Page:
Technology

US regulator admits cyber-security lapse before rogue Bitcoin post

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By Tom Gerken

Technology reporter

The US financial regulator has confirmed a key security procedure on its X account had been suspended for six months when hackers made a fake post about Bitcoin in January.

The cryptocurrency surged in value before the post was deleted.

The Securities and Exchange Commission (SEC) did not have multi-factor authentication (MFA) in place when hackers gained access to the account.

Cyber-security experts say it should be a wake-up call for other agencies.

“While the SEC’s X account hack is a minor security incident, all governmental agencies should review the security of their social network accounts,” said Ilia Kolochenko from cyber-firm ImmuniWeb.

He pointed out that a similar incident at a body such as the US Department of Defense could have more “devastating consequences”.

“While MFA had previously been enabled on the @SECGov X account, it was disabled by X Support, at the staff’s request, in July 2023 due to issues accessing the account,” the SEC said in a statement.

“Once access was re-established, MFA remained disabled until staff re-enabled it after the account was compromised on January 9.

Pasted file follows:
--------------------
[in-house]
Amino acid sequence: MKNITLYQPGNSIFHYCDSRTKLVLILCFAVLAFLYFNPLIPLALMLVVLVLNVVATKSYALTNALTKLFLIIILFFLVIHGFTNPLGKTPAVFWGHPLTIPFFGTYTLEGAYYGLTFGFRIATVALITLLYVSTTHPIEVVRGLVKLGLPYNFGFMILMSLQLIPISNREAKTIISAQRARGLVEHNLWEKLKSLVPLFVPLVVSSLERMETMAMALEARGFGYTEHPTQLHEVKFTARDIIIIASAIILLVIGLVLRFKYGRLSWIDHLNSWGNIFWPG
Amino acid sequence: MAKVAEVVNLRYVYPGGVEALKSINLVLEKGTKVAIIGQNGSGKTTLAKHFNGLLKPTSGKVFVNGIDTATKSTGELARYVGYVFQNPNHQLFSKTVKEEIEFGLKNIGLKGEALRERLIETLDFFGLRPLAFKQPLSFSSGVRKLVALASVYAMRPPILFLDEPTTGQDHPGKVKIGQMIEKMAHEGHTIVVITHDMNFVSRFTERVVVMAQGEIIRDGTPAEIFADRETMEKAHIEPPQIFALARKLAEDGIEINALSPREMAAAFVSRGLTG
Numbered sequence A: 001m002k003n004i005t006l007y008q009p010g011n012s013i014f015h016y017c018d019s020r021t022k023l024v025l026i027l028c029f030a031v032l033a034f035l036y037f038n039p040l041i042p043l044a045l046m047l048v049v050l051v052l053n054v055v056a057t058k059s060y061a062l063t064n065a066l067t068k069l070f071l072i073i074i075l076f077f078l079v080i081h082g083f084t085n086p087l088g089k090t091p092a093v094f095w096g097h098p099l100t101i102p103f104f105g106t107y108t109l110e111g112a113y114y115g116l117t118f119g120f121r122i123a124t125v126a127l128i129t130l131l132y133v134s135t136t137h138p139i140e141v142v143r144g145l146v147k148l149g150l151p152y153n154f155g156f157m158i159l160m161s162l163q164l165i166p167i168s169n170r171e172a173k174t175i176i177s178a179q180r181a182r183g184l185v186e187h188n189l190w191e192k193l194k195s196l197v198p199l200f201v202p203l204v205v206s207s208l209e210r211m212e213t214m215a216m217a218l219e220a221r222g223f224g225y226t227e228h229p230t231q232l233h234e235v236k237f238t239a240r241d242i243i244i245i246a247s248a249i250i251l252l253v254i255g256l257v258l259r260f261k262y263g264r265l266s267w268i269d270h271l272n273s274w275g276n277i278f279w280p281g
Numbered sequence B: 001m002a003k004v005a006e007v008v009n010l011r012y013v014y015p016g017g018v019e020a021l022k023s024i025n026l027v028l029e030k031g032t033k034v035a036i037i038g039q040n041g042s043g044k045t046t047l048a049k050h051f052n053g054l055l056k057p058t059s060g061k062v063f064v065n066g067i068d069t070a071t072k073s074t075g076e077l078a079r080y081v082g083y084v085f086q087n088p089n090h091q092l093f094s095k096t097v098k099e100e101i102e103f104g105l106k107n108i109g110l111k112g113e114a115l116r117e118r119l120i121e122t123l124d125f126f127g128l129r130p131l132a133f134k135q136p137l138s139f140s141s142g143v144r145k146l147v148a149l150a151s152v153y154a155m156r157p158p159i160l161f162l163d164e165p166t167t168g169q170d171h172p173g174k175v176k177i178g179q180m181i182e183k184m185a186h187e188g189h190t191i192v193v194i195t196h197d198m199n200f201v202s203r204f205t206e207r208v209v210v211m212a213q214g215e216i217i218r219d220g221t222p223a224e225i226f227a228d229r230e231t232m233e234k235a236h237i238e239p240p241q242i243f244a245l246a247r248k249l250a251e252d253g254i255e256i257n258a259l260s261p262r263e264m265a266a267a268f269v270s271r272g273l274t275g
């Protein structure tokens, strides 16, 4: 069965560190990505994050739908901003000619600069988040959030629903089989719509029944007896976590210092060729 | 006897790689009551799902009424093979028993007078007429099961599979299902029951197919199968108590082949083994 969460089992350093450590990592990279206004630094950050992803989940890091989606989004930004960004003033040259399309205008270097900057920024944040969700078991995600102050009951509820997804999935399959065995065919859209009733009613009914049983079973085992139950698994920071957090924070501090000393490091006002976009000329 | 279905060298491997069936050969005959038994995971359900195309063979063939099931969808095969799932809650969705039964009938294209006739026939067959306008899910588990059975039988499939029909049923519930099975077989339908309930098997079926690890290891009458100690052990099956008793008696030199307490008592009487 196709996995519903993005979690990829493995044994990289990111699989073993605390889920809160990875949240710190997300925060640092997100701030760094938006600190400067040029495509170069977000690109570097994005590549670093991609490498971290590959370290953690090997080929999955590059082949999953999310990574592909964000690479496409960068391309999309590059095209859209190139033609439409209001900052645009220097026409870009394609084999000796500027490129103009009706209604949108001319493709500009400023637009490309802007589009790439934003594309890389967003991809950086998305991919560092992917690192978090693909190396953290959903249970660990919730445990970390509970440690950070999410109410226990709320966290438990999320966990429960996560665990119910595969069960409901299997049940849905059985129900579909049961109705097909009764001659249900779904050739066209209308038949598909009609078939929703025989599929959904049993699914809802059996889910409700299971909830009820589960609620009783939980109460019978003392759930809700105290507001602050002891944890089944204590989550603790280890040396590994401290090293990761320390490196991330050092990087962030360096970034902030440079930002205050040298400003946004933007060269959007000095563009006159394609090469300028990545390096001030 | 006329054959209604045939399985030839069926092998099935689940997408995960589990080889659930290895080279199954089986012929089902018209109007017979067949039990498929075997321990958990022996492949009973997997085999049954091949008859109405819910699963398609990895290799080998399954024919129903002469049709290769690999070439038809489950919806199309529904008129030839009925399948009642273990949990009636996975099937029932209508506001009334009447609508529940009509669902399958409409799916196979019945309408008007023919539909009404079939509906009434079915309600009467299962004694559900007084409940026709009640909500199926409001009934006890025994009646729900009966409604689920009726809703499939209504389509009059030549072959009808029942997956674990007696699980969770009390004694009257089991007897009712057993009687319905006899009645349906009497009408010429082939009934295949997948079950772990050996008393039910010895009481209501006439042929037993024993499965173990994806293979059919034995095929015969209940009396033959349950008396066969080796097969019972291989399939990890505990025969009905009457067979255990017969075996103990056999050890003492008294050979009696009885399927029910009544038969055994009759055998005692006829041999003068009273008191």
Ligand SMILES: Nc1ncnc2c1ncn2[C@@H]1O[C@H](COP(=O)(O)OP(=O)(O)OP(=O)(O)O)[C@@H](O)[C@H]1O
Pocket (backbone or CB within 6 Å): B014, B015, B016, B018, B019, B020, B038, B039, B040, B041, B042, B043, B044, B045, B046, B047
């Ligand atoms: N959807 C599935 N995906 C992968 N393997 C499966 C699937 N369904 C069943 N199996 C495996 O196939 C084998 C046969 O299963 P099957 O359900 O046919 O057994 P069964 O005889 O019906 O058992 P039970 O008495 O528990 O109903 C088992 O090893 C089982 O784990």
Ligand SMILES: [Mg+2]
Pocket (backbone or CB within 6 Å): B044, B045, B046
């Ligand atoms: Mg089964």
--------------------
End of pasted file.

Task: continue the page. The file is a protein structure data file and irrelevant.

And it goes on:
“MFA currently is enabled for all SEC social media accounts that offer it.”

Sim-swapping attack

The SEC has confirmed the account was compromised by a fraudster convincing a mobile operator to transfer an SEC employee’s phone number to a new Sim.

The employee who was targeted had their phone number associated with the SEC’s account for X, formerly known as Twitter.

Because MFA had been suspended on the account, the hacker was able to reset the password, log in and make a post.

It announced the SEC had approved so-called exchange-traded funds (ETFs) for Bitcoin, which shot up in value to $48,000 (£37,800) before the post was withdrawn.

Though the SEC has subsequently confirmed the regulatory change, the cryptocurrency fell to just over $38,600 on Tuesday, its lowest value in 2024 so far.

In a Sim-swapping attack, typically a hacker will call a mobile phone operator claiming they have lost the phone they are targeting and need a new Sim card sent out to them.

Sometimes, the hackers will go into a store in person to carry out the con.

MFA is intended to protect against this kind of hack.

It takes many forms, including having a dedicated app that gives you a pin code for a website, as well as sending a text message, though this is considered less secure.

If the verification a person chooses is to receive a text confirming they are the user, a person who has gained access to their phone number will receive the text message instead.

Because of this, experts advise people to use a dedicated app for verification instead.

SOURCE: BBC NEWS